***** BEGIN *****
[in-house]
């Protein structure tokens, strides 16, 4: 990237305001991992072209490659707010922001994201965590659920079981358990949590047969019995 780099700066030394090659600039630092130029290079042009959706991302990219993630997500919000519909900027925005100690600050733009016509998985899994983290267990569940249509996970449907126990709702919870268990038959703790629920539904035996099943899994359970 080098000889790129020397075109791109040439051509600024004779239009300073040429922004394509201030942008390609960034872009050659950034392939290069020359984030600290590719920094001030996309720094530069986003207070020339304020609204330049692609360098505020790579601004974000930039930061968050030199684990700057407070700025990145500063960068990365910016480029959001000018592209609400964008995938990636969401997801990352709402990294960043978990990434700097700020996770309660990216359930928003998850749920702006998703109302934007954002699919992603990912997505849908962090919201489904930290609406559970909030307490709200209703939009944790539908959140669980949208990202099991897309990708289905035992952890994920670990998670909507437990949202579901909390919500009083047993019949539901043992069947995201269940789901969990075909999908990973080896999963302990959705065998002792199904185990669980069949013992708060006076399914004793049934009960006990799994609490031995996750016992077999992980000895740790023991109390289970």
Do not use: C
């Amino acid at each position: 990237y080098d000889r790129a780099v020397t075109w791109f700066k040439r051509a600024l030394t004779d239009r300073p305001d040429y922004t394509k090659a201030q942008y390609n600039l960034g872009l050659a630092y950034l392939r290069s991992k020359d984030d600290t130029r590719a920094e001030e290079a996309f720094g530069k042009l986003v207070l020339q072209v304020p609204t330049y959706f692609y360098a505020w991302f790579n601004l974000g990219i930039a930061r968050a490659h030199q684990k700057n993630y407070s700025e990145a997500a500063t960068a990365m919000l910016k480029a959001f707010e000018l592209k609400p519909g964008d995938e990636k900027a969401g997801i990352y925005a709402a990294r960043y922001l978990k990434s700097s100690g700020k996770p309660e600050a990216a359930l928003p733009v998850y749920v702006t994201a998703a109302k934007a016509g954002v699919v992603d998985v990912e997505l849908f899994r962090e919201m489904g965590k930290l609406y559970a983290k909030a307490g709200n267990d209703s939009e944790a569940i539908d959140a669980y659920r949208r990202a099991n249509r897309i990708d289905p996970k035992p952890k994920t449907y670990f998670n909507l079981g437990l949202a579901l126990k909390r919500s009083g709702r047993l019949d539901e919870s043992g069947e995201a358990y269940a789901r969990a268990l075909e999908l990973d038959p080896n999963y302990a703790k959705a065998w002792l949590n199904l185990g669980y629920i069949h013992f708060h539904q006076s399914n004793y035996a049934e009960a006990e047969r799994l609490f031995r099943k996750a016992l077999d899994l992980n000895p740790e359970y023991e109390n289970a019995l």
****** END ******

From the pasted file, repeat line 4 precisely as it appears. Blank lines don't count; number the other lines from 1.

């Amino acid at each position: 990237y080098d000889r790129a780099v020397t075109w791109f700066k040439r051509a600024l030394t004779d239009r300073p305001d040429y922004t394509k090659a201030q942008y390609n600039l960034g872009l050659a630092y950034l392939r290069s991992k020359d984030d600290t130029r590719a920094e001030e290079a996309f720094g530069k042009l986003v207070l020339q072209v304020p609204t330049y959706f692609y360098a505020w991302f790579n601004l974000g990219i930039a930061r968050a490659h030199q684990k700057n993630y407070s700025e990145a997500a500063t960068a990365m919000l910016k480029a959001f707010e000018l592209k609400p519909g964008d995938e990636k900027a969401g997801i990352y925005a709402a990294r960043y922001l978990k990434s700097s100690g700020k996770p309660e600050a990216a359930l928003p733009v998850y749920v702006t994201a998703a109302k934007a016509g954002v699919v992603d998985v990912e997505l849908f899994r962090e919201m489904g965590k930290l609406y559970a983290k909030a307490g709200n267990d209703s939009e944790a569940i539908d959140a669980y659920r949208r990202a099991n249509r897309i990708d289905p996970k035992p952890k994920t449907y670990f998670n909507l079981g437990l949202a579901l126990k909390r919500s009083g709702r047993l019949d539901e919870s043992g069947e995201a358990y269940a789901r969990a268990l075909e999908l990973d038959p080896n999963y302990a703790k959705a065998w002792l949590n199904l185990g669980y629920i069949h013992f708060h539904q006076s399914n004793y035996a049934e009960a006990e047969r799994l609490f031995r099943k996750a016992l077999d899994l992980n000895p740790e359970y023991e109390n289970a019995l």